3. WHAT MAKES AN EXCELLENT PHOTOGRAPHER?
The passion to capture unique moments in one’s own style and to follow his own way and not the way of others.

4. WHAT MOTIVATES YOU IN YOUR WORK AND WHAT IS DEMOTIVATING?
To capture unique moments of mother nature motivates me all the time while being out in the field. Nearly nothing can stop me in such situations. There are no demotivating factors for me with regard to photography. But there are of course things that are a challenge.

5. WHAT ARE THE MOST PASSIONATE MOMENTS IN YOUR WORK?
The most passionate moments in my work are the moments out in the field when my vision fits with the reality.

6. WHAT ARE THE MAIN CHALLENGES IN YOUR WORK?
One major challenge is the digital presentation of photography in the internet and other digital media, as the quality of real fine art work can only be judged on a printed fine art photo in my opinion. Just compare the same photo on different monitors or other digital devices. On the other hand the digital revolution was a breakthrough for my work as it offered all tools for me to create my style of fine art photos - from the shot to the final print.

7. HOW DID YOU DEVELOP YOUR ARTISTRY?
It all started with my first analog SLR camera from Nikon which I bought in used condition and some books from National Geographic with photos, stories and tips from Bruce Dale or Jim Blair. With the digital age my photography got a real boost. I was controlling the whole development process by my own - the basis to develop an individual style. I did attend workshops to learn the basics of the technique and read many books about RAW development. With the sharing of photos across the internet I got a lot of inspiration from many different photographers. Combined with my own efforts and experiments I developed my own style within the next few years. My personal development process did influence my art of nature interpretation as well. The approach of reduction within my work comes from the inspiration I got from Thai Chi, QiGong and meditation which I am still learning from a shaolin monk.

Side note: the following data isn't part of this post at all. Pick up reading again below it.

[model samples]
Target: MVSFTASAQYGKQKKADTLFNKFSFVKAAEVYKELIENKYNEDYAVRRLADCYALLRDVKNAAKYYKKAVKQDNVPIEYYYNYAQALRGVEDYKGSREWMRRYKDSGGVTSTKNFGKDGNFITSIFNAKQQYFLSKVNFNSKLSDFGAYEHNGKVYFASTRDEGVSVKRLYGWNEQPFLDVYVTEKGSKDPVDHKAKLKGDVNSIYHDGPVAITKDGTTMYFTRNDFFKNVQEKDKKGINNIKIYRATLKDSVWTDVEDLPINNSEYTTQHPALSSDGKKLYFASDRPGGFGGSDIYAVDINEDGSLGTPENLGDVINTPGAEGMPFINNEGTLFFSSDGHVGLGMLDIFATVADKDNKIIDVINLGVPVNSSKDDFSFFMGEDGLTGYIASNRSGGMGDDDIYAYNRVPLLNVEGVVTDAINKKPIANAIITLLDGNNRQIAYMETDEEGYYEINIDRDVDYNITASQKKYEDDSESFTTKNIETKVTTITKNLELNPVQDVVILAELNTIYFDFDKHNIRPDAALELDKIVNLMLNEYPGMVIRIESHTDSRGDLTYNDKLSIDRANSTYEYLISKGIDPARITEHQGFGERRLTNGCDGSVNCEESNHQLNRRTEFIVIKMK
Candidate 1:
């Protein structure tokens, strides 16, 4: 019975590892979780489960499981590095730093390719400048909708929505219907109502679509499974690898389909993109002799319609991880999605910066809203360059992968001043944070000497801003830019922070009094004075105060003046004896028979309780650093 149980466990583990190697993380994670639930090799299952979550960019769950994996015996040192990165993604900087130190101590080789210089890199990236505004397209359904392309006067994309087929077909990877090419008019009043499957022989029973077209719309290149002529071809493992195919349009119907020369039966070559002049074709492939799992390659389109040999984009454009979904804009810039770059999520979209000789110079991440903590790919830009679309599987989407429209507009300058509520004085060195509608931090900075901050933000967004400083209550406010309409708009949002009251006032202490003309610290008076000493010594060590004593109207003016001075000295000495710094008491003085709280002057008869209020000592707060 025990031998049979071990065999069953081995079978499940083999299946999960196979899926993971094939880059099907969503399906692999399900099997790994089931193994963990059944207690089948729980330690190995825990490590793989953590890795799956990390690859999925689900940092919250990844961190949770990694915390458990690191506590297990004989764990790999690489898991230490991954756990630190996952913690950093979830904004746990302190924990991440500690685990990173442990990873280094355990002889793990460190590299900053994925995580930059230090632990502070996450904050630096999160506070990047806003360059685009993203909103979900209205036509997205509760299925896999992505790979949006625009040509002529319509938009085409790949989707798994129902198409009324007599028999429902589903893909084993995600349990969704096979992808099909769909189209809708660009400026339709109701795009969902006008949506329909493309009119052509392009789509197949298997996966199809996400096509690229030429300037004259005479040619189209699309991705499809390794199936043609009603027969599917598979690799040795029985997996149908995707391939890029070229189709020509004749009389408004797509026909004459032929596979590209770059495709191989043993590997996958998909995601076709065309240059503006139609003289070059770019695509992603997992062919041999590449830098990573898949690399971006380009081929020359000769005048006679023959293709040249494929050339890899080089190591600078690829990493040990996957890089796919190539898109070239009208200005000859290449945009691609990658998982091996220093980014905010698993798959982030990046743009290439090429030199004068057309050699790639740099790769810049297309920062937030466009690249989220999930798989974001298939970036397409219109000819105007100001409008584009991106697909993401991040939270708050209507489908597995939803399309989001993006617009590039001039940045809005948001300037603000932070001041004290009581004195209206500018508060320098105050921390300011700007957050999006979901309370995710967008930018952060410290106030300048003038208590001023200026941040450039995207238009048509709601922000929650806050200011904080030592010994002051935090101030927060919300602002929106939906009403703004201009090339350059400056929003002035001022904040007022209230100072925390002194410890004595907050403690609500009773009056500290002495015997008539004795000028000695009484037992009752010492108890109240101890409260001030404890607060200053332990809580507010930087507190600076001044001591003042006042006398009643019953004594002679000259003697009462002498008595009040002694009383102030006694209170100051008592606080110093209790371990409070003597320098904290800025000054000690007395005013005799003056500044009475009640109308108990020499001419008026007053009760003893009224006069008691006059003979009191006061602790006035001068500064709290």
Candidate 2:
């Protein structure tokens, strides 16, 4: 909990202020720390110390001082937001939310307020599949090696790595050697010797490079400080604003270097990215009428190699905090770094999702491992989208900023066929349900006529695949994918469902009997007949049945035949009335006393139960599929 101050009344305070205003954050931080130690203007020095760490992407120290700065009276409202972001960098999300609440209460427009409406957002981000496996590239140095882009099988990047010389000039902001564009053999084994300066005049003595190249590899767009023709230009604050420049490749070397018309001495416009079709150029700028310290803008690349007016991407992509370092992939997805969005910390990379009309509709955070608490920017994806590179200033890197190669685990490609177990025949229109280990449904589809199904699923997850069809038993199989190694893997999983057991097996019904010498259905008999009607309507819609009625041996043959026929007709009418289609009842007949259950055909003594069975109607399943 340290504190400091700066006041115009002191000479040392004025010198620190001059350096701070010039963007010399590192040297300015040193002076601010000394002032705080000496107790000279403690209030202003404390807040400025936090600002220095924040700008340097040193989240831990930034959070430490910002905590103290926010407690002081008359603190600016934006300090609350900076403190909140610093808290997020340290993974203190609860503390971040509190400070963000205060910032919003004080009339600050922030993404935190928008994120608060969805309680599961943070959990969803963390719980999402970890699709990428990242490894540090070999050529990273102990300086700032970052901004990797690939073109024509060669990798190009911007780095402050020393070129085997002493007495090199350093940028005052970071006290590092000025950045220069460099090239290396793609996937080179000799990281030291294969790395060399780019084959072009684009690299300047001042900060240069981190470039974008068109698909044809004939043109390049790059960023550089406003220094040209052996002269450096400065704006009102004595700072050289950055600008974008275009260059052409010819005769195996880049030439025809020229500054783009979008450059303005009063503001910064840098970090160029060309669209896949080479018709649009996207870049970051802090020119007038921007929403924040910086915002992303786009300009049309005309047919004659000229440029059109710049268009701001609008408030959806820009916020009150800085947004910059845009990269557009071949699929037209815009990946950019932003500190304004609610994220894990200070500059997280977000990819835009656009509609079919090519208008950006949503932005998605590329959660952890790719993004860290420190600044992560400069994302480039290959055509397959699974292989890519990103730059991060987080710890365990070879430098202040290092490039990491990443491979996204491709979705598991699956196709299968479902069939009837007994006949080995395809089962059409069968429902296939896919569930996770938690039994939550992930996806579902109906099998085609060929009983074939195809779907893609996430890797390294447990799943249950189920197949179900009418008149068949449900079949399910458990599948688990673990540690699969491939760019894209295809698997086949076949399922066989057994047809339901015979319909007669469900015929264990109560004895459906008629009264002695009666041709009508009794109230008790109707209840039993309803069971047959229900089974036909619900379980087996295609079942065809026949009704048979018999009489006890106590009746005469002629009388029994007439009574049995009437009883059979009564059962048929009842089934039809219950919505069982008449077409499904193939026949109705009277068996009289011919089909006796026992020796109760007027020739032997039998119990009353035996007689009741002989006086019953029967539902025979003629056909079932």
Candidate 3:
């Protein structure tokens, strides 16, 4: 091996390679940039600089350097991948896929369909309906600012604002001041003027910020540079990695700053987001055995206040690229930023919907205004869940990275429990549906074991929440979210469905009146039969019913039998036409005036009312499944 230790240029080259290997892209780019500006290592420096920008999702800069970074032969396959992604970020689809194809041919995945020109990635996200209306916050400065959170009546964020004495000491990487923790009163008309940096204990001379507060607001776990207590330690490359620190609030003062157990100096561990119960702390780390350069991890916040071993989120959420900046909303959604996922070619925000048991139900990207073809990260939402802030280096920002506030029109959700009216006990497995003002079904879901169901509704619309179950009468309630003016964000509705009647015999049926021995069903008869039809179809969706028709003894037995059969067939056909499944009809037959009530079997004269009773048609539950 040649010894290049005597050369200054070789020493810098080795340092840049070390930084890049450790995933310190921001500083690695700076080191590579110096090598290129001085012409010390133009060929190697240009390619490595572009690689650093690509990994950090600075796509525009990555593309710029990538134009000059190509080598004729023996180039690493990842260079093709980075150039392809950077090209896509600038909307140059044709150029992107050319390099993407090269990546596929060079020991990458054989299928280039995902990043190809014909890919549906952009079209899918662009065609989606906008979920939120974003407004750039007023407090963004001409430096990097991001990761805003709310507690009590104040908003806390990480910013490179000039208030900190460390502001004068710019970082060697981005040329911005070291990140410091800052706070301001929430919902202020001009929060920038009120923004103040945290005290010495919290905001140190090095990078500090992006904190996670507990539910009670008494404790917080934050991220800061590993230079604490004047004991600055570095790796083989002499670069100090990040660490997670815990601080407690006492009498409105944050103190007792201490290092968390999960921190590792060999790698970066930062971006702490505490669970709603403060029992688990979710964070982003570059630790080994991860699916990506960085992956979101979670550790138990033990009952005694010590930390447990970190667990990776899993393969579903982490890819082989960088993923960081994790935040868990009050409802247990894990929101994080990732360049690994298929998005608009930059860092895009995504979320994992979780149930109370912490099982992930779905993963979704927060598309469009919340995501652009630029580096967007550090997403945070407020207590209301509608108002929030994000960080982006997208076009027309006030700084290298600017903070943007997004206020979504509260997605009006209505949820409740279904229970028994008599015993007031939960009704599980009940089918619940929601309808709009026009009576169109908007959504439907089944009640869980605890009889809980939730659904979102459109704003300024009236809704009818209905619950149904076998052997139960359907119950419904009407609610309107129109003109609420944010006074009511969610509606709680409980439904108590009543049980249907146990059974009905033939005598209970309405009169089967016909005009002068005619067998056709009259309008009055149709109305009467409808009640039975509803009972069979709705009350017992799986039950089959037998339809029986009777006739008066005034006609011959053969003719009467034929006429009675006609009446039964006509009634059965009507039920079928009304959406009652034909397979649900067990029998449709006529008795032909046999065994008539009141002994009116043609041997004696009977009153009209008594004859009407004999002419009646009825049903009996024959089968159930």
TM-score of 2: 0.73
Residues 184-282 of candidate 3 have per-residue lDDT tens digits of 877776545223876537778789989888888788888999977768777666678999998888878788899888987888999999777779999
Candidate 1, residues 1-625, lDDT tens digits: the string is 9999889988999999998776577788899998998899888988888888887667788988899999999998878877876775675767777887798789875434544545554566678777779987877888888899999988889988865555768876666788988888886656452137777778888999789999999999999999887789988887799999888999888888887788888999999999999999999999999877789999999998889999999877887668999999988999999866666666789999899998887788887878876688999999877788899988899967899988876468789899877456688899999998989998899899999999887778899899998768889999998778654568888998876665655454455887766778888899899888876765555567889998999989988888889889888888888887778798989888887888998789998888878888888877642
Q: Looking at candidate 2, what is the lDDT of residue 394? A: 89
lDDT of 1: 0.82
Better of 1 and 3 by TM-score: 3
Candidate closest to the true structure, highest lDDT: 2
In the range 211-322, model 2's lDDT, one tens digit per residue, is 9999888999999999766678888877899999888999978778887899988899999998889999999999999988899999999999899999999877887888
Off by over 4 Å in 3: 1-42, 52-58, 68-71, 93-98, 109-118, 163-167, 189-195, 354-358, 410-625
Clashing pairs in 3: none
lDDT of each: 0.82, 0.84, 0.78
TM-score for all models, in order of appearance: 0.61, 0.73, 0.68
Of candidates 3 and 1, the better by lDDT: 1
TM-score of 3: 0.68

8. WHAT IS YOUR MAJOR PERSONAL LEARNING IN PHOTOGRAPHY THAT YOU WOULD CONVEY TO A "NOVICE"? Be open to learn from others, study the work of others, get a good understanding of how to use the tech-nique and based on your personality develop your own style and follow your own way.

9. WHICH ARE THE DRIVING FORCES FOR YOU PERSONALLY AND IN YOUR WORK? The world around us is loud, full of power and always forcing us to move faster and to never stop moving. But we all need phases of silence there we can find inner silence and recharge our batteries. The driving force in my life is to reserve time for these phases of silence to actively work on my own personal development and to be in the driver seat of my own life. As a result of this my work is aimed to help the viewers and owners of my work to find a moment of silence while looking at my fine art work. Through reduction of structures, colors and a clear line management I try to achieve this goal with my art of photography.